Residents of Allston-Brighton know all-to-well about those issues and the bitter conflicts that can result between dog owners and other park users.
Allston's Ringer Park had quite the controversy several years ago between dog owners who wanted to continue having their dogs to run off-leash in the park and those who wanted enforcement of the city ordinance banning off-leash dogs. Readers of the Allston-Brighton TAB saw quite the back-and-forth between the two camps (some examples here, here, here, here, and here), with the former managing to take over control of a park advocacy group from the latter. The police were called in at one point. My occasional visits to the park indicates that the human-dog conflict still exists. Yuck.
And on top of that, I heard that an advocacy group for off-leash dog spaces in the city's parks has circulated a questionnaire to this year's candidates for Allston-Brighton District 9 City Councilor, in order to determine if they should endorse any of the candidates. A question about off-leash dog spaces came up in a candidates forum in 2007, which included a response from Mark Ciommo who subsequently won the election.
The Rogers Park Example
Over at Brighton's Rogers Park, some dog owners have been letting their dogs run off-leash for a few years, primarily along the eastern side of the park on the hillside. Some dog owners keep their dogs leashed; others let them off-leash but closely monitored, grabbing their collars whenever anyone approaches who looks intimidated; others let their dogs go quite wild; and one man used to open the gate to the children's playground to let his dogs relieve themselves in the playground's sand. (It has since been replaced by woodchips and rubberized surfaces.)
Several years ago, not only did I have a frightened 3-year-old who couldn't navigate through the wild activity of dogs to get to the playground, but I met quite a few other people (adults and senior citizens, in addition to children) who admitted to being literally scared shitless of the off-leash dogs, such that they either walked way around the area where the dogs congregated or avoided using the park altogether. Rogers Park had a dog vs. people problem, too.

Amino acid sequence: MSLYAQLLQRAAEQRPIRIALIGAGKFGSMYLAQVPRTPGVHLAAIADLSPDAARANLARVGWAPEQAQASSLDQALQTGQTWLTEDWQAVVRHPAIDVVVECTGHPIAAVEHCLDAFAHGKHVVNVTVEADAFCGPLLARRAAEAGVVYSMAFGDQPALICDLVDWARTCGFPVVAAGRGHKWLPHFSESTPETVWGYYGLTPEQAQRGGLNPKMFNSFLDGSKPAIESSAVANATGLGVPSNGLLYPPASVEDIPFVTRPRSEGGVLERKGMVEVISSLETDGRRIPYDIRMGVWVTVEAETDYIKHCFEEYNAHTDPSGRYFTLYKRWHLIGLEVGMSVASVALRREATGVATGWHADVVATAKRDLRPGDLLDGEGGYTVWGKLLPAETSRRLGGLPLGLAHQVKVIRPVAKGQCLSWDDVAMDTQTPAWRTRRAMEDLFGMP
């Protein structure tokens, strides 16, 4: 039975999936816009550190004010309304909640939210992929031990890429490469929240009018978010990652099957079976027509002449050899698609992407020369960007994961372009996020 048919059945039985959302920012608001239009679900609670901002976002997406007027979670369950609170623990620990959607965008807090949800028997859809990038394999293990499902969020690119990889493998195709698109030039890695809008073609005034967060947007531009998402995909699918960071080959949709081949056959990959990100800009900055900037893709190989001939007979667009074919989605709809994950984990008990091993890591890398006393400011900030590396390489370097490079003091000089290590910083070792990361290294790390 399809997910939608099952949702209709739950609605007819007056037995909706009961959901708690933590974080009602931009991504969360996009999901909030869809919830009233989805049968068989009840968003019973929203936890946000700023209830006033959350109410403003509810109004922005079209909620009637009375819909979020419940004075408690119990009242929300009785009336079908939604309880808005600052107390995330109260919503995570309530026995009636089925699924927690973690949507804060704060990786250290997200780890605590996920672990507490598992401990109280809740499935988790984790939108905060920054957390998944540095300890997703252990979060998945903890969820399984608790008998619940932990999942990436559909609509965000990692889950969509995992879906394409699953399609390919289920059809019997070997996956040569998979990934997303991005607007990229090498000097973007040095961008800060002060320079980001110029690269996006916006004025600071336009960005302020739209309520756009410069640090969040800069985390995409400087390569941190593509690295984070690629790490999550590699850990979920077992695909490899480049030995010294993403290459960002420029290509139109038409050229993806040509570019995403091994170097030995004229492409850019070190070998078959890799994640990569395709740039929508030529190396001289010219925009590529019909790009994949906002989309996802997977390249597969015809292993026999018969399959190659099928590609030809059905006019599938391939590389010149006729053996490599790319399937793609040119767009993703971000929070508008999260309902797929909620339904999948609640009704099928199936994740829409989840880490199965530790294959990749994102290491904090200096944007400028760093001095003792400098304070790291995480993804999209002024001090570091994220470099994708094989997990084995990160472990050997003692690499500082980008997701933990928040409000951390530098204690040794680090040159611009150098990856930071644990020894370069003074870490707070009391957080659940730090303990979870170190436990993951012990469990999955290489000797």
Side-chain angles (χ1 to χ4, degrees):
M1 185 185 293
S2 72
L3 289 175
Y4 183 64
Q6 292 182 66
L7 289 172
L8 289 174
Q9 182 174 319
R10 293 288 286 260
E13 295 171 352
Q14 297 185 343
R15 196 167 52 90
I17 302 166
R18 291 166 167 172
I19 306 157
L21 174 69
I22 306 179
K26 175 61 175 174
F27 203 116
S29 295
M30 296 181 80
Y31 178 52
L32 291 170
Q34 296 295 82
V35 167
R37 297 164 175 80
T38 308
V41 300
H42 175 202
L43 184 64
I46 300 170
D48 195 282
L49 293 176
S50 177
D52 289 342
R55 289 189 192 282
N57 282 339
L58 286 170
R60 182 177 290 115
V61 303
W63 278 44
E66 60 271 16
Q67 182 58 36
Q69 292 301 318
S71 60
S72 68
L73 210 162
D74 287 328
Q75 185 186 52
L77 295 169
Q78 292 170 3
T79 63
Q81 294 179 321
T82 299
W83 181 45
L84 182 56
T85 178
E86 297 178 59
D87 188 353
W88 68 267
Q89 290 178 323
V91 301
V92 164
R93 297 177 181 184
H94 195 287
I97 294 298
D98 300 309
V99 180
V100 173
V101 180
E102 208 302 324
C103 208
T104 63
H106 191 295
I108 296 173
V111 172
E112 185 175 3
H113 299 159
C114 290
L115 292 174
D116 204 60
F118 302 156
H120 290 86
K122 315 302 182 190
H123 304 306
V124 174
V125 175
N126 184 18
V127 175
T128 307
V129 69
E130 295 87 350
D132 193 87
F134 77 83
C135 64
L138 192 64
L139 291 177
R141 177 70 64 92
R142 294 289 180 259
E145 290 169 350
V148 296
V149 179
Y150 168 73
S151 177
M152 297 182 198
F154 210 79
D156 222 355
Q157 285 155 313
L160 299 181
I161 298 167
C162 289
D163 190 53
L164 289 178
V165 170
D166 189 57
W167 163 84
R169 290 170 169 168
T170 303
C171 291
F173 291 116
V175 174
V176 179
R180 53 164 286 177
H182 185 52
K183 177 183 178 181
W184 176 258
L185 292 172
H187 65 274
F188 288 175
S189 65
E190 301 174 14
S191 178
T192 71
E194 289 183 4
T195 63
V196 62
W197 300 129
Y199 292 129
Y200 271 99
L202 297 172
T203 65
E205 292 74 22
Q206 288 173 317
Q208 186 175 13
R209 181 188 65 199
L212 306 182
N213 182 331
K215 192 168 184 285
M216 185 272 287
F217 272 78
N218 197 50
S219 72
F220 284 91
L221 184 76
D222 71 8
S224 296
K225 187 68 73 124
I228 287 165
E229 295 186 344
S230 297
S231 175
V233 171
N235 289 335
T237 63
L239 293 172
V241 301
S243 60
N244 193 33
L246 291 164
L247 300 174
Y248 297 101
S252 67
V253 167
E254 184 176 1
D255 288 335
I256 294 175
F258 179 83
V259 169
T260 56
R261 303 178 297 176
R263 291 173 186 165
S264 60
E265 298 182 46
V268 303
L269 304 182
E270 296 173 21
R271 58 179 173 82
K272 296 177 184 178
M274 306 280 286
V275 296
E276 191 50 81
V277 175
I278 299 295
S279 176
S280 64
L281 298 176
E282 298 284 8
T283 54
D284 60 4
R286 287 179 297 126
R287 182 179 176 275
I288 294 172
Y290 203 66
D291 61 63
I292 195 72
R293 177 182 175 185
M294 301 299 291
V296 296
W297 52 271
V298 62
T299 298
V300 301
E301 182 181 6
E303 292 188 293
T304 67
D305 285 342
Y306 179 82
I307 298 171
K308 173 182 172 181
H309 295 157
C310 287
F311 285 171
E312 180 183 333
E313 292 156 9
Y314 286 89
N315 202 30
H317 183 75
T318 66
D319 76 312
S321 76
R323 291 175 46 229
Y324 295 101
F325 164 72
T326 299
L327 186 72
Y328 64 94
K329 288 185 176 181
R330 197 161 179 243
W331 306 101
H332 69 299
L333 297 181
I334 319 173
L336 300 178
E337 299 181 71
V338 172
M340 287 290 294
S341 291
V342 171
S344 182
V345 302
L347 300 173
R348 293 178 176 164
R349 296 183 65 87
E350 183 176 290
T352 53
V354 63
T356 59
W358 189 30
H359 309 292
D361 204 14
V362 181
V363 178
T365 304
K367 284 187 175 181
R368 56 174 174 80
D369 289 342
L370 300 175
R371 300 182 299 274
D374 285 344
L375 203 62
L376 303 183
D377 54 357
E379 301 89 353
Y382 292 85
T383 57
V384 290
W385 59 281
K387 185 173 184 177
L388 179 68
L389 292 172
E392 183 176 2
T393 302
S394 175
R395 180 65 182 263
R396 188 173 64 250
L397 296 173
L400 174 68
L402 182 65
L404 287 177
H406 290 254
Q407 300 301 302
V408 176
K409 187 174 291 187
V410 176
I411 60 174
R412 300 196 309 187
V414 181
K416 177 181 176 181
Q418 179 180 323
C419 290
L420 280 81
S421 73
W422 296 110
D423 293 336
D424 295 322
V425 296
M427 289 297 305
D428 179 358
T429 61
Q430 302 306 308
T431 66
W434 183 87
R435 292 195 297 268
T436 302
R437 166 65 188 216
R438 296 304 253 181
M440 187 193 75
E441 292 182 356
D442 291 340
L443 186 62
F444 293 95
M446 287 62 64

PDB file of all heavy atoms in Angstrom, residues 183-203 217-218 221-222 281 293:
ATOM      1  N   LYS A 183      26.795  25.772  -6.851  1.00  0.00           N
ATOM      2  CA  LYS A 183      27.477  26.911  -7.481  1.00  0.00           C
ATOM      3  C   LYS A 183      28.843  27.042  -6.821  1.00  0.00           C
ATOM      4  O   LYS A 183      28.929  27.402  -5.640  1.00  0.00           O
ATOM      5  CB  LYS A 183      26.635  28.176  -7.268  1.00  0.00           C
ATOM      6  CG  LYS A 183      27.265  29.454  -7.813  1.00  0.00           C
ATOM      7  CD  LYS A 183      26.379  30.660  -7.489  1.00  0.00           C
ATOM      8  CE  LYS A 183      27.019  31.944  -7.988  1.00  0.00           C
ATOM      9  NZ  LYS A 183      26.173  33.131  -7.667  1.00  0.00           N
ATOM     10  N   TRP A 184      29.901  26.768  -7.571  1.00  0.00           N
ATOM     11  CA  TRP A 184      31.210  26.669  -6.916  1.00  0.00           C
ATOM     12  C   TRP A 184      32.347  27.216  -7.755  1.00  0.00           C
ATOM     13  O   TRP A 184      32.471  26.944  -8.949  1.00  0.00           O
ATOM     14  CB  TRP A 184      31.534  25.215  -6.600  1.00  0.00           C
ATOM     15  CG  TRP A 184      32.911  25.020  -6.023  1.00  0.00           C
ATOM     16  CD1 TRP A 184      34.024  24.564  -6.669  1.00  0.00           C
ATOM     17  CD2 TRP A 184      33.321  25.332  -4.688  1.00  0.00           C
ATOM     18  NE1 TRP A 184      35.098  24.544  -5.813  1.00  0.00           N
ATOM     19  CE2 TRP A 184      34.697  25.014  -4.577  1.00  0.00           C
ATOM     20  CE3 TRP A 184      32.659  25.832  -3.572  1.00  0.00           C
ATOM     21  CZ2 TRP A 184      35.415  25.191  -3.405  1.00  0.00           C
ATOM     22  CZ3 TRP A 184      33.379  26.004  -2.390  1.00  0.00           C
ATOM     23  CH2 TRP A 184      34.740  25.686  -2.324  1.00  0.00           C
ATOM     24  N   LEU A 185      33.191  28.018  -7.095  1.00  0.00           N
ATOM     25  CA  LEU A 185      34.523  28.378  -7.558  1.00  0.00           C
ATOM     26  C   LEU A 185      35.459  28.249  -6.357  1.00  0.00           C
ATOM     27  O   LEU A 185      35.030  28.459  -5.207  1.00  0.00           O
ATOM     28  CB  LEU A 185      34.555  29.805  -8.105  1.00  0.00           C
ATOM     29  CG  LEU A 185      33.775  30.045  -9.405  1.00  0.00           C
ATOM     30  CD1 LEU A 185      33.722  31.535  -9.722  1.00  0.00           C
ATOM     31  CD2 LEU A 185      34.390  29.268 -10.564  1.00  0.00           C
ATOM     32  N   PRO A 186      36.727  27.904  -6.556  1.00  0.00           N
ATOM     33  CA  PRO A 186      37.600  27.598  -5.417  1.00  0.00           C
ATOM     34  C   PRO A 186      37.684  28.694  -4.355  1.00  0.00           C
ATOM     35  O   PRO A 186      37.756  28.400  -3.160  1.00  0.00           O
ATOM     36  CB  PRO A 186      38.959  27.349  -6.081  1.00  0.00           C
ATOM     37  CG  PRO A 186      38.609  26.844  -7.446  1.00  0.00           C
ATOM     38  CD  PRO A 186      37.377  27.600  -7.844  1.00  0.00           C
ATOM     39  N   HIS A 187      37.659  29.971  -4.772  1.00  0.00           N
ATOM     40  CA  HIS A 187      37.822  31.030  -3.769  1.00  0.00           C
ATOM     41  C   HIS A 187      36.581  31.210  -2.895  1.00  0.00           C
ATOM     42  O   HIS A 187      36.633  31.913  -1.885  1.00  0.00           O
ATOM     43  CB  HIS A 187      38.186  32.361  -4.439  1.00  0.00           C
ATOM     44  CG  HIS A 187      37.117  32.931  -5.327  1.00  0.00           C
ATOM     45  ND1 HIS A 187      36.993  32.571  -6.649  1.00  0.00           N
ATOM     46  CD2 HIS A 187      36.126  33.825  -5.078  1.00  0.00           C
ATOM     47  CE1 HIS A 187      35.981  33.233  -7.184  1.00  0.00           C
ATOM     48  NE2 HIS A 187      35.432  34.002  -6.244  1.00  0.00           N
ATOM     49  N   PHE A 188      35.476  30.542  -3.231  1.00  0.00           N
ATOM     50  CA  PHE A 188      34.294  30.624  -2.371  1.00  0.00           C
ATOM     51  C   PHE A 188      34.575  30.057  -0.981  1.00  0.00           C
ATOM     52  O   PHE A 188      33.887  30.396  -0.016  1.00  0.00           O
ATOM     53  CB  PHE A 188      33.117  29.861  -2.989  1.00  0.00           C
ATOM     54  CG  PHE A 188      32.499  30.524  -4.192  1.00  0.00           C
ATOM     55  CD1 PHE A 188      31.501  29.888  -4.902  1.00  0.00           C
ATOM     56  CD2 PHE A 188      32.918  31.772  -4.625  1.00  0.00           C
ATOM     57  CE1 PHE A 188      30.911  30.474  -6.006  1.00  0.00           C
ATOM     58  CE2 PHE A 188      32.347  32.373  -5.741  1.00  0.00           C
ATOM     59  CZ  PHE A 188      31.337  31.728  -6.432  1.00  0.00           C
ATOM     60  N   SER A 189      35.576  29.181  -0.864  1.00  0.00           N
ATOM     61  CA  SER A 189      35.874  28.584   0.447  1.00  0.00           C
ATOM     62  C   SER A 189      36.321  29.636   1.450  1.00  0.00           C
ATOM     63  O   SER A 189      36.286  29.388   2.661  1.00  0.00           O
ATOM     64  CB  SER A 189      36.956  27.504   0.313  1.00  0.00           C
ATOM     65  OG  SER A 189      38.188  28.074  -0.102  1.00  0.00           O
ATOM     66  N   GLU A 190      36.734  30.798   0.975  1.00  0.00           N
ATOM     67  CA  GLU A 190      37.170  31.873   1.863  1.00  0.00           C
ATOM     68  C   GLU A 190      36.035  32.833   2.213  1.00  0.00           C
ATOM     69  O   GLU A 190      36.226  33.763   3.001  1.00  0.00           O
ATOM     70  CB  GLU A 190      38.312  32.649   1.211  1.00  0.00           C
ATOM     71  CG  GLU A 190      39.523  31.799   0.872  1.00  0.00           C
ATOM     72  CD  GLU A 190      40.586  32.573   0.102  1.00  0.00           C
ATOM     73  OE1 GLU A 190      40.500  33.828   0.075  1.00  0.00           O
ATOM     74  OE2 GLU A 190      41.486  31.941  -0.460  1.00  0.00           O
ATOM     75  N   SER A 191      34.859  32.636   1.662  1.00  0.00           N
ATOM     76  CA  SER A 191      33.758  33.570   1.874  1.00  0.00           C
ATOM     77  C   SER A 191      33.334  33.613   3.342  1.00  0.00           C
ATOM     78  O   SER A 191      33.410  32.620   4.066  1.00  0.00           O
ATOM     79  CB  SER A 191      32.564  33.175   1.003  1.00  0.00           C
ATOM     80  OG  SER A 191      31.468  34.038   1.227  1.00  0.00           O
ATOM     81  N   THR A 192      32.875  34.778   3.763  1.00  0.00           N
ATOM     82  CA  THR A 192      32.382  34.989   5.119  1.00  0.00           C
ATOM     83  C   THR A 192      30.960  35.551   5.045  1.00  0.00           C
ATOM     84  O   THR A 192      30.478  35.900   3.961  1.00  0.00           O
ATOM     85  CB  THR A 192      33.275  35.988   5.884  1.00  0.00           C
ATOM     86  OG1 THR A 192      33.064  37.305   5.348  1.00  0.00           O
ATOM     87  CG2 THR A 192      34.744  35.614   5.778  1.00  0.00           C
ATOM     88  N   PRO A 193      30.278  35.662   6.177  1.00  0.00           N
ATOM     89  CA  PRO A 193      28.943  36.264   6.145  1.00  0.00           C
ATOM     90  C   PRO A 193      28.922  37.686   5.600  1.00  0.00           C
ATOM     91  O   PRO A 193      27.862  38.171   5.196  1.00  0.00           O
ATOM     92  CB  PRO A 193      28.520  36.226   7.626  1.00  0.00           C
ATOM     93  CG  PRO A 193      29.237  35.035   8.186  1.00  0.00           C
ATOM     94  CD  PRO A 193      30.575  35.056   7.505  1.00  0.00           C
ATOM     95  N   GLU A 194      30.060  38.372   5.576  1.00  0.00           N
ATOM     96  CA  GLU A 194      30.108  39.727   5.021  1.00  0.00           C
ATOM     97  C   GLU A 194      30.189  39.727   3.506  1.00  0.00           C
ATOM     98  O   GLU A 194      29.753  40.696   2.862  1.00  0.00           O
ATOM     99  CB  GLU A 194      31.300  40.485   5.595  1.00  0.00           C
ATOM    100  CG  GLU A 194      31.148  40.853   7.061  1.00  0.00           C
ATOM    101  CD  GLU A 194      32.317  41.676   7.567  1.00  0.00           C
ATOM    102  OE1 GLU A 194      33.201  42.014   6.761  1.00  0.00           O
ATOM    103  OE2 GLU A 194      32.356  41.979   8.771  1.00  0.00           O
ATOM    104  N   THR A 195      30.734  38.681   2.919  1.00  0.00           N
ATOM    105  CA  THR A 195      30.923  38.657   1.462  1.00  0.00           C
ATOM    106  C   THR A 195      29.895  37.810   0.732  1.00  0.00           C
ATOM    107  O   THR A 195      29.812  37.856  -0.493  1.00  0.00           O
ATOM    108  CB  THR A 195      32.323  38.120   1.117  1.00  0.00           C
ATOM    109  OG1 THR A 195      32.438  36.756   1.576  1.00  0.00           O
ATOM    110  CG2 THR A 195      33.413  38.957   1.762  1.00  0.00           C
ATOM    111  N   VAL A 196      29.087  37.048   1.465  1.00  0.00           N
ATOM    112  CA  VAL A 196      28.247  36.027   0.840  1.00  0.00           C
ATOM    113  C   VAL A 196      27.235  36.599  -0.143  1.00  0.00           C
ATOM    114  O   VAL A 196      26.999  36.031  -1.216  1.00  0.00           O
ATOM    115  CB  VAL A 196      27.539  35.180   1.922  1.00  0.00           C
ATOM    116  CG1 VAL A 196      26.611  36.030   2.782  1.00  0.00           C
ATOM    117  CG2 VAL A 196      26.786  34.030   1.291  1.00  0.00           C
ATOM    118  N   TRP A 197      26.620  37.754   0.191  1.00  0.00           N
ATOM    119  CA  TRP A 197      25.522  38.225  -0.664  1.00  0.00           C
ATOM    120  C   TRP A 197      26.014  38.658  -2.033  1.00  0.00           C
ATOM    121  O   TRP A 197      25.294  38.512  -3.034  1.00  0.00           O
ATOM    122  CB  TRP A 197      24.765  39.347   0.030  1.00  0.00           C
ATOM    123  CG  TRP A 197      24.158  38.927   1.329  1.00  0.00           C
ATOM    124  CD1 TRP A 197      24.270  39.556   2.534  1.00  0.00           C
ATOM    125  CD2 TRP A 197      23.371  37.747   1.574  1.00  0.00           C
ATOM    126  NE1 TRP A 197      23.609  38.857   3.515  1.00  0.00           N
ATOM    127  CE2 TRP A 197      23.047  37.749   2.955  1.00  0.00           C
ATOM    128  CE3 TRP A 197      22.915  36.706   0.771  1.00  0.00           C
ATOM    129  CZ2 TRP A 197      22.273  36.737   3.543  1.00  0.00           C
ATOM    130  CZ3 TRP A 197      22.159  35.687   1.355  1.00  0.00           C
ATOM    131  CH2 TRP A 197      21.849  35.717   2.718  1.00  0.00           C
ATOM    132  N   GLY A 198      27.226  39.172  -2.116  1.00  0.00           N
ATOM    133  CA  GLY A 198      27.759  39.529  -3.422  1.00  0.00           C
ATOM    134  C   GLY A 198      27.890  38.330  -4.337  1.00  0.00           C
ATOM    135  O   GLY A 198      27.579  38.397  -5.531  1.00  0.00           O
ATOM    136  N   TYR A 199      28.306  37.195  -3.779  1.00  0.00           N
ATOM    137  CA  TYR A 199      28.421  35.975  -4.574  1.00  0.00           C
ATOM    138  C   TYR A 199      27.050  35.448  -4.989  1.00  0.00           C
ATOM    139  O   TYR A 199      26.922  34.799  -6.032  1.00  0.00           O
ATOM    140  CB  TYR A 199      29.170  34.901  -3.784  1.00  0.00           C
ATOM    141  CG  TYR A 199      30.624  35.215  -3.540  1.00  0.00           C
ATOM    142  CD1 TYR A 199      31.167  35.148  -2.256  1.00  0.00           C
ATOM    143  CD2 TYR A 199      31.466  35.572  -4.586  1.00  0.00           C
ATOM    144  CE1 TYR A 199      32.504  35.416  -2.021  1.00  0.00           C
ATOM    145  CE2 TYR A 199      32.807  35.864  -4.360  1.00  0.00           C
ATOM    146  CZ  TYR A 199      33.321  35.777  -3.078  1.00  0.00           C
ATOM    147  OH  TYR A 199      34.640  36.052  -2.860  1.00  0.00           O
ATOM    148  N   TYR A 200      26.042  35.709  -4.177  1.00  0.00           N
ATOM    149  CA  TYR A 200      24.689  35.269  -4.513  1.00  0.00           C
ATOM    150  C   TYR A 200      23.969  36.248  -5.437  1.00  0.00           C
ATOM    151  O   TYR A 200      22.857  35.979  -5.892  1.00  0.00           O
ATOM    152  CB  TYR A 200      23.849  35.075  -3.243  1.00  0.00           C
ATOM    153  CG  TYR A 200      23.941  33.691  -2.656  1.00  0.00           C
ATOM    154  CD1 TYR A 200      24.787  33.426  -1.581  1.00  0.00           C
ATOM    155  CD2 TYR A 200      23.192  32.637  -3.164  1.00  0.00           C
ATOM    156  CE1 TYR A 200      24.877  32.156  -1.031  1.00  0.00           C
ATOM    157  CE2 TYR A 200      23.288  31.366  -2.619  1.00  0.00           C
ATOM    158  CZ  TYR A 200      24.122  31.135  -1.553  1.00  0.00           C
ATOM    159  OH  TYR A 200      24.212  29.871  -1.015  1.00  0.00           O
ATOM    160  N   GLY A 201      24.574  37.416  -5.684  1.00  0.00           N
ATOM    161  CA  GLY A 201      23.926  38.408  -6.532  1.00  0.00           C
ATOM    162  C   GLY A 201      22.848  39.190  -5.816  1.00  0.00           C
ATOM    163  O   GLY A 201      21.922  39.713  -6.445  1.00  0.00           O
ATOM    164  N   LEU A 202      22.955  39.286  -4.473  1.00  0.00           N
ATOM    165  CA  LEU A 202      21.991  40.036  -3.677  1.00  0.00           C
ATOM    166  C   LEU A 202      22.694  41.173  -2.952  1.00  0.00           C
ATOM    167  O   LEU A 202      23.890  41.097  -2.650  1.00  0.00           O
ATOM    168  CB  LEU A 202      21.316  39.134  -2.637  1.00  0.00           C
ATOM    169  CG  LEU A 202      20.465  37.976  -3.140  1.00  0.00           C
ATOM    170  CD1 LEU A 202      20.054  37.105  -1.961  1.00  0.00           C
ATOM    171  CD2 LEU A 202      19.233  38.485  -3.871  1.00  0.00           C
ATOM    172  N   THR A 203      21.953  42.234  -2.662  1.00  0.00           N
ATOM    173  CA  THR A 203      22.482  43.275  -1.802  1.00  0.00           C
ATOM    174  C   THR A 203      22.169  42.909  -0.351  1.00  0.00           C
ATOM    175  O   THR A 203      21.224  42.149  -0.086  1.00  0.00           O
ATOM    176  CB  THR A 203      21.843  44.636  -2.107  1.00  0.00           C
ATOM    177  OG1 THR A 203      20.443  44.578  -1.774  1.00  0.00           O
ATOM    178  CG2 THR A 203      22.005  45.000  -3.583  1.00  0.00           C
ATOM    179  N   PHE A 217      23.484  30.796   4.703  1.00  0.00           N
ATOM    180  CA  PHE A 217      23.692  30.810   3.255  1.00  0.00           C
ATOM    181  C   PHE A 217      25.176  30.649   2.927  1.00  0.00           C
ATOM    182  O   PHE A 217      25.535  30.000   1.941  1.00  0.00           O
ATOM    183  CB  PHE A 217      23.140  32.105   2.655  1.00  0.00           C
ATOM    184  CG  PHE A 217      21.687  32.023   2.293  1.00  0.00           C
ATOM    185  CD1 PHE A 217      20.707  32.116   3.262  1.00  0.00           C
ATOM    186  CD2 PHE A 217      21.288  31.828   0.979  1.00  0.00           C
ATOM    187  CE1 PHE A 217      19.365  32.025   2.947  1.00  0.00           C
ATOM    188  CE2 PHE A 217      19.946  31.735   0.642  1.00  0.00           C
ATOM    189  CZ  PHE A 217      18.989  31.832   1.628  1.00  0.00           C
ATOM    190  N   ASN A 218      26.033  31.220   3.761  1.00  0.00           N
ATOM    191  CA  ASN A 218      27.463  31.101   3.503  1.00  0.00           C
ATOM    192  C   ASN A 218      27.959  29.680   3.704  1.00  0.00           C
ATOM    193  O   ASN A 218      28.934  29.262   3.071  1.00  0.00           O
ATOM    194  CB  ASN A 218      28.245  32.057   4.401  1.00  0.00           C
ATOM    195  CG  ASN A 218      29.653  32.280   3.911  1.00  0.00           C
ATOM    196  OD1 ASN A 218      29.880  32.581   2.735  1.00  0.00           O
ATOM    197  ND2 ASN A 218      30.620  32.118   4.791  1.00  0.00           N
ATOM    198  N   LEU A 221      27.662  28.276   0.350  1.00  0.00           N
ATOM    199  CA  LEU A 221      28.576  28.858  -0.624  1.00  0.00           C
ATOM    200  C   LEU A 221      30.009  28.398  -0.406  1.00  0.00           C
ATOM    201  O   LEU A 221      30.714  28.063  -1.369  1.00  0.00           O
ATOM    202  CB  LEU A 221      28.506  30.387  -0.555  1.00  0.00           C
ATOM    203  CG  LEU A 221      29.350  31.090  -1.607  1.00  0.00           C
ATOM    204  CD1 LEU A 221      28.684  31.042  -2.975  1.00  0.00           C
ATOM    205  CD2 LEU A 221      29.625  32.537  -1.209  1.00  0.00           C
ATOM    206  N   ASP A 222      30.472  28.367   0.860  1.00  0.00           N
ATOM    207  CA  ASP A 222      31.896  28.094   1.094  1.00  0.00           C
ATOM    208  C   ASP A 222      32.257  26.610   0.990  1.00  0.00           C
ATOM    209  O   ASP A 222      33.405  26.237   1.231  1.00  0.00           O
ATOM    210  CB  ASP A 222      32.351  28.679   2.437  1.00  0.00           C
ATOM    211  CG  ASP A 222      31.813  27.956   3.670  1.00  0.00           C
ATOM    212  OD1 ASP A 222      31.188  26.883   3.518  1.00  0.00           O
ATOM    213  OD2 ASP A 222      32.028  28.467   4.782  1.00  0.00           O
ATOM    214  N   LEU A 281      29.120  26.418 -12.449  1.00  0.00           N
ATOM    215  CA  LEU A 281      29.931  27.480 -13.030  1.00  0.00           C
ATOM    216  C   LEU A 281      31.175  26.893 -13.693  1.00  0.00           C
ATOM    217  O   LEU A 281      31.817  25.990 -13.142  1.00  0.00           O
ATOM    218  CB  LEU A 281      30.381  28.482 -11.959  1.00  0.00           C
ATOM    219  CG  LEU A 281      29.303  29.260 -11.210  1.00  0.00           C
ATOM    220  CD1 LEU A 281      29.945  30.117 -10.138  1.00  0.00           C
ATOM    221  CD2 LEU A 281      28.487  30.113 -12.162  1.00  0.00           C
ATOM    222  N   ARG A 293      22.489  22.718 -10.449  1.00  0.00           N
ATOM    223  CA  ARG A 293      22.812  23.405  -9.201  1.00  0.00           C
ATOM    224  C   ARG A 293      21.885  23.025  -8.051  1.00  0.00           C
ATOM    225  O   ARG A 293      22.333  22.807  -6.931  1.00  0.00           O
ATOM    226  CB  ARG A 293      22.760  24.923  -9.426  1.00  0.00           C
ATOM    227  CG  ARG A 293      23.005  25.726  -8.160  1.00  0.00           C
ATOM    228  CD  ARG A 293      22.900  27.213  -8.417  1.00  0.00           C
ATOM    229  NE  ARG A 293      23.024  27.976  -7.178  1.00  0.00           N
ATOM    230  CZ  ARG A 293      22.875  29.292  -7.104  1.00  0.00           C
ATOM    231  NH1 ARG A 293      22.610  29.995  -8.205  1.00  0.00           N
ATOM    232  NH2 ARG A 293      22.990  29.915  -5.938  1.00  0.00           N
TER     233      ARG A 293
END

In fall 2006, I organized a group of neighbors -- both dog owners and non-owners -- to meet a few times about off-leash dogs (as well as a few other park-related issues). All sides of the issues were discussed, including the possibility of creating a "Dog Recreation Space" within the park under the city's recent ordinance.
The outcome of those Rogers Park meetings: the dog owners at the meetings pretty much hated the idea of creating a Dog Recreation Space. Why? Many liked the status quo; others thought that some common courtesy on the part of the dog owners, restraining their dogs when people approach, could address most of the problems; and the DRS would have to be paid-for and maintained by the dog owners themselves, which is a significant burden that can run many tens of thousands of dollars. Another idea included installing park benches and moving trash cans in a way that might encourage dog owners to congregate further away from the entry pathways.
The neighbors agreed to work for common courtesy, since it didn't cost anything and could address a lot of the human-dog conflicts. The situation improved significant in the first year, although problematical human-dog conflicts still happen periodically.